Tracking Universal Results and Rankings Revisted
Over the last month or so there have been multiple posts (Joost's was the most popular it seems) about how to track Google rankings via Google Analytics. At first I was quite excited by this idea and I applauded the out of the box thinking. After all, what better way is there to get a picture of what is really appearing in the SERPs than to look at actual traffic? That excitement diminished somewhat when I got through the first article and realized that all I could do was determine if a keyword was on page 1, 2, or 3 of the SERPs. Still, I thought the information might be useful so I made a mental note to test out the Google Analytics filter sometime.
Then very recently there were other articles making the rounds describing a process for tracking organic search visits from universal results. This was particularly interesting to me because I've yet to find rank checking software that recognizes universal results (if you know of one, please let me know). For example, every rank checking software I've tried fails to report that a #1 ranking is actually #11 because there are 10 map listings above it.
I finally got through some basic testing today with both filters. I used two sites: one that is purely informational and one that is ecommerce focused. I followed the instructions and set up new profiles and applied the appropriate filters. Here are my results from the larger dataset of the two I have.
Out of 35,535 organic search visits from Google, 16 visits were from keywords on page 2 and 7 visits were from keywords on page 3. The rest were either from page 1 or the information wasn't available for Google Analytics to capture. That works out to 99.9% of the keywords driving traffic being on page 1. That shouldn't be surprising given all of the research indicating that users don't go past the first page of results and instead prefer to refine their query. In conclusion I'd say that there's little value in this filter.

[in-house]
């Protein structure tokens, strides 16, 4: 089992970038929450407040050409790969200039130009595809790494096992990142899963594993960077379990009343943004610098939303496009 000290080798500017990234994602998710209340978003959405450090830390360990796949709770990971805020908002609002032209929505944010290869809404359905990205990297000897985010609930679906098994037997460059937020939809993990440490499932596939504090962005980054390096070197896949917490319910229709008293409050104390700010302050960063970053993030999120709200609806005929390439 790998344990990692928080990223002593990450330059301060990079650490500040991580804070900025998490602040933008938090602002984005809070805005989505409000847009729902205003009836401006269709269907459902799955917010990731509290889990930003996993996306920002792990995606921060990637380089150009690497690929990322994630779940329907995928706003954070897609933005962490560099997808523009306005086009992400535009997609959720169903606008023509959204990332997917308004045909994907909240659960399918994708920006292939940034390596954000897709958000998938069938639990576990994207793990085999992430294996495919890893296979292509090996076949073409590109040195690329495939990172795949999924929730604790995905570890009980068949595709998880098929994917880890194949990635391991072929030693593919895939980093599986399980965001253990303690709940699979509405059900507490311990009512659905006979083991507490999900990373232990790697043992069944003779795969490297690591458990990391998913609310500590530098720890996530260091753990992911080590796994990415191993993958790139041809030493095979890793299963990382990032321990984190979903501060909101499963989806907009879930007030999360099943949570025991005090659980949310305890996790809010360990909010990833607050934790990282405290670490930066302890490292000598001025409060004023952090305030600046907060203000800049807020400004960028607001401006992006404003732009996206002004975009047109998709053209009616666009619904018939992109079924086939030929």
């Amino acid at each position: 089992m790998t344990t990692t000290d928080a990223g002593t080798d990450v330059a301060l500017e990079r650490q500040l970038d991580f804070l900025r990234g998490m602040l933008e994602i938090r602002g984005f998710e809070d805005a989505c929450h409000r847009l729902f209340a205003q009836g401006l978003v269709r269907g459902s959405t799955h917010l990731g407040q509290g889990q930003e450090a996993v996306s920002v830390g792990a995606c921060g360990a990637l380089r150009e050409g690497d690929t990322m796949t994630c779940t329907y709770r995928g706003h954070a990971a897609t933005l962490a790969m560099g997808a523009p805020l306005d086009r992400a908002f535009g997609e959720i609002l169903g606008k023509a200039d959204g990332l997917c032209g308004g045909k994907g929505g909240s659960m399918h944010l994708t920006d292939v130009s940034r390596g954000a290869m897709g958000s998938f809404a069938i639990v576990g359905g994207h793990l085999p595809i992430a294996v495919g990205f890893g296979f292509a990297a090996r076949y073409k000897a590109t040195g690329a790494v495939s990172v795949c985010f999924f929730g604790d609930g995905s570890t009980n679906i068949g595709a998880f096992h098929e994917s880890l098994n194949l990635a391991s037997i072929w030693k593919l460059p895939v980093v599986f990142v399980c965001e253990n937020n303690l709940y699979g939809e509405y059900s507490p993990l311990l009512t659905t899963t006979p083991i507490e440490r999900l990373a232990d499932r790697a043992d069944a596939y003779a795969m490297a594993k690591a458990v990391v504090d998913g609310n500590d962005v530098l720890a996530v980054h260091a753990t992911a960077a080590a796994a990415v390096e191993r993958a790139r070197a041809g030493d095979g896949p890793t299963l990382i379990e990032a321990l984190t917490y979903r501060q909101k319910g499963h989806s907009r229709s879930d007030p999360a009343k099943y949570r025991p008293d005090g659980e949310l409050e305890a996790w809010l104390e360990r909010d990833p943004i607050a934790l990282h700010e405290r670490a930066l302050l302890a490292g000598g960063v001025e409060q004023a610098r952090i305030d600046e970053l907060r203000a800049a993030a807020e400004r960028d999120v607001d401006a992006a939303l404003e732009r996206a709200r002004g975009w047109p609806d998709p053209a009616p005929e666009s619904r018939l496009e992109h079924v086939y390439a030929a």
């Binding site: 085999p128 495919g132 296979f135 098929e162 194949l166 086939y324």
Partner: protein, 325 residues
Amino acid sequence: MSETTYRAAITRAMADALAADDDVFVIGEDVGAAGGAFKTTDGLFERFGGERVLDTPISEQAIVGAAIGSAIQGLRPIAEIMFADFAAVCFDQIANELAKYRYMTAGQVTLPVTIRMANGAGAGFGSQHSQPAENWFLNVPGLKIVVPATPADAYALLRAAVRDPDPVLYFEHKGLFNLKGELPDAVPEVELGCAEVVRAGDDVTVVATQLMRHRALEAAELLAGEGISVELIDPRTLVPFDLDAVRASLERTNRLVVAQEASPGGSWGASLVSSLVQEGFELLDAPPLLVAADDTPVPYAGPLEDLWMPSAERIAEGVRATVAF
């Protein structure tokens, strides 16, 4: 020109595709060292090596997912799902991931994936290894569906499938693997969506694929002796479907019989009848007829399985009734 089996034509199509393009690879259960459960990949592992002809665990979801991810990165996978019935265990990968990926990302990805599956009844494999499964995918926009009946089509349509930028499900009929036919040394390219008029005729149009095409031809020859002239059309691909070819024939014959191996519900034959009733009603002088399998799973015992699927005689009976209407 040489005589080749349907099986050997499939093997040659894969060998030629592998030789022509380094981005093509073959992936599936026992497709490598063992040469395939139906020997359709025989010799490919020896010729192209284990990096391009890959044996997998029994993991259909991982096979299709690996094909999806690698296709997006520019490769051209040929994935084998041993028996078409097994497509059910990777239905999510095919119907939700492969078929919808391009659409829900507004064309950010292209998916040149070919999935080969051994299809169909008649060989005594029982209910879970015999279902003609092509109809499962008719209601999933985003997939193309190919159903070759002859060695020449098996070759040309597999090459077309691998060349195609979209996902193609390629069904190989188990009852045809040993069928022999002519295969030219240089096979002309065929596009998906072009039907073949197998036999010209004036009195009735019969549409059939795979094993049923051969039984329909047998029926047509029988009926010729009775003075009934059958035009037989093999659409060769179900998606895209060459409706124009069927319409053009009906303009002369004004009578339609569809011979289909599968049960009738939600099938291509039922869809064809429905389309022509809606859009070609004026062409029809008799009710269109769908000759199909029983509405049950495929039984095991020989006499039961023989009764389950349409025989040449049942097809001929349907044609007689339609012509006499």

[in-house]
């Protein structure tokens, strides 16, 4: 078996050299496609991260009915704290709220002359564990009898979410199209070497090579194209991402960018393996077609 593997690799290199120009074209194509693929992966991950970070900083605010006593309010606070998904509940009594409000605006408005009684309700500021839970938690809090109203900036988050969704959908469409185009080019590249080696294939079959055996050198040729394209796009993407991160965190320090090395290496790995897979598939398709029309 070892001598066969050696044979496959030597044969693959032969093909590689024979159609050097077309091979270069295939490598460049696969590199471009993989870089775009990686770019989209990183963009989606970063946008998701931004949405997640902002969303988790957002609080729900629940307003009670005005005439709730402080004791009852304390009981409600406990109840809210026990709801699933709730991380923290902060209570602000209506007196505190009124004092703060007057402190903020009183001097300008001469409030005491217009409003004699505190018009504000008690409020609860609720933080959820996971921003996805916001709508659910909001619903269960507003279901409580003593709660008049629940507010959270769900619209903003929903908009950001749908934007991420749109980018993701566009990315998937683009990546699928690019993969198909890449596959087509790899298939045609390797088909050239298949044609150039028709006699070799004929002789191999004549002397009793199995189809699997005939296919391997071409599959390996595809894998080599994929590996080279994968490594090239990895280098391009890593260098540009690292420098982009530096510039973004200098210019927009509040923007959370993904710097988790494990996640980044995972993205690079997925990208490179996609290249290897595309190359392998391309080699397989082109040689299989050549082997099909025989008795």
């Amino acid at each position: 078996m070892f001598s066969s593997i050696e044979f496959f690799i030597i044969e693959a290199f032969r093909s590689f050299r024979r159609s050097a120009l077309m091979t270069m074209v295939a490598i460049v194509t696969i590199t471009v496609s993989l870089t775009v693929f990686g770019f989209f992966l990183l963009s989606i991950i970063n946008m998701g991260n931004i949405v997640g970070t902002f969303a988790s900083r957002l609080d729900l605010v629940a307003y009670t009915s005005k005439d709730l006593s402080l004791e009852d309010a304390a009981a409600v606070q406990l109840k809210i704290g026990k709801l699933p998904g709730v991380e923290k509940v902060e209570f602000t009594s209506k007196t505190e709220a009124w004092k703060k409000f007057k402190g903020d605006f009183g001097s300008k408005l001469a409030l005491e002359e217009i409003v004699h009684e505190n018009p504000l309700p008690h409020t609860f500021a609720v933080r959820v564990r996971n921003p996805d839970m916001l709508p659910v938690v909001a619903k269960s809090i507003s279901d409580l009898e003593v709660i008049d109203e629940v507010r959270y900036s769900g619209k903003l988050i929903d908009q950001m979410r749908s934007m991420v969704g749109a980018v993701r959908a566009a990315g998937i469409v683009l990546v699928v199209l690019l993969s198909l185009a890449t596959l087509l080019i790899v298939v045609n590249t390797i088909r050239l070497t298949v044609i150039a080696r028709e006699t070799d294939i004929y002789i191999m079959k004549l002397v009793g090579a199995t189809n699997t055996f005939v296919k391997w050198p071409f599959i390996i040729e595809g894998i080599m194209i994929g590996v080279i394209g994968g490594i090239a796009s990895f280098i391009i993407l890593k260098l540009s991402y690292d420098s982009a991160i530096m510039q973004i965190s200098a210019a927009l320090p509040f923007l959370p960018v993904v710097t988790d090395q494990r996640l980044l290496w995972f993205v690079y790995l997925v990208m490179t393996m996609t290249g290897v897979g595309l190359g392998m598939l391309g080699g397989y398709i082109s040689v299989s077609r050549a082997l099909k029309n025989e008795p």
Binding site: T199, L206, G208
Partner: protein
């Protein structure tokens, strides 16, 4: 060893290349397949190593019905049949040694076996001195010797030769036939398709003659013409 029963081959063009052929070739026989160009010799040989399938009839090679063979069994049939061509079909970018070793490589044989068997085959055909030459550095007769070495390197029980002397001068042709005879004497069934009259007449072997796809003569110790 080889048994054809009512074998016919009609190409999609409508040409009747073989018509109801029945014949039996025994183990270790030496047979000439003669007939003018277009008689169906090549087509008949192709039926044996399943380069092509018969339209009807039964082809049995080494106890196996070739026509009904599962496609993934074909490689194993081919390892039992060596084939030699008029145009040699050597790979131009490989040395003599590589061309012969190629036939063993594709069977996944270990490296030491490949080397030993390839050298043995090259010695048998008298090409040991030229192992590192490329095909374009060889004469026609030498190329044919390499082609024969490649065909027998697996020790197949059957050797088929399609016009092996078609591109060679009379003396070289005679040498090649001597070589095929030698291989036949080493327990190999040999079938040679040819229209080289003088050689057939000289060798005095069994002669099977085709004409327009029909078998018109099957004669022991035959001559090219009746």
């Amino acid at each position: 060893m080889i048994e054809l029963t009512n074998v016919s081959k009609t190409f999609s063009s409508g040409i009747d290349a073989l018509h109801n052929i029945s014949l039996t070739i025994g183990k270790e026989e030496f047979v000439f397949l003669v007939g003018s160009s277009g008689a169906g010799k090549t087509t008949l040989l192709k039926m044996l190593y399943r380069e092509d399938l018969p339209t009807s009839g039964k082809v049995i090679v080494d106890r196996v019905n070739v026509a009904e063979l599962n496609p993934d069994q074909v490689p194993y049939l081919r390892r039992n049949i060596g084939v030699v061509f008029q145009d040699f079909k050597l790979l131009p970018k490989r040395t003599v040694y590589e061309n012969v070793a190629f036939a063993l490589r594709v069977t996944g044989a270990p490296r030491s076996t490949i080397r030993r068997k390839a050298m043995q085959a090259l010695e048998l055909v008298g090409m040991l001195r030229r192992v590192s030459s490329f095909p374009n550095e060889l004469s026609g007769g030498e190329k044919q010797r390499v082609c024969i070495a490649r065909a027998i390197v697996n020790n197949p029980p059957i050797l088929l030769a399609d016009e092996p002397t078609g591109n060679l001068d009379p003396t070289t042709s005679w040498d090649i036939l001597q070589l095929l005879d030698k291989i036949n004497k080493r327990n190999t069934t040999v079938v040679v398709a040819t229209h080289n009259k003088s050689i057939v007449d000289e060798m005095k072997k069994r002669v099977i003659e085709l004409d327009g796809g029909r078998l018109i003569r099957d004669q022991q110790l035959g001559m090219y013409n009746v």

Google Universal Results Traffic
Out of 42,853 organic search visits from Google, 42,853 were flagged as not originating from a universal result. This could mean that the result was from a traditional blue link or that the universal result link didn't provide the necessary information for Google Analytics to track it. That number works out to about 98.4% of visits not attributable to universal results. Curiously, the most popular universal search result is ‘spelling' errors at 469 visits. Next up was what I think are map/local related listings at 79 visits.
As with the Google Rankings test, the numbers for Google Universal Results Traffic aren't too impressive. However, I think results will vary greatly depending on the site and so I'd recommend not dismissing this filter. Instead, I'd set it, let it run for a bit, and then assess potential. If at the first time around there's nothing interesting in the data, check back quarterly in case Google includes a new result type or starts to include a greater percentage of blended results into the mix.
Anyone have other Google Analytics filter ideas? Send my way and I'd be happy to test them out.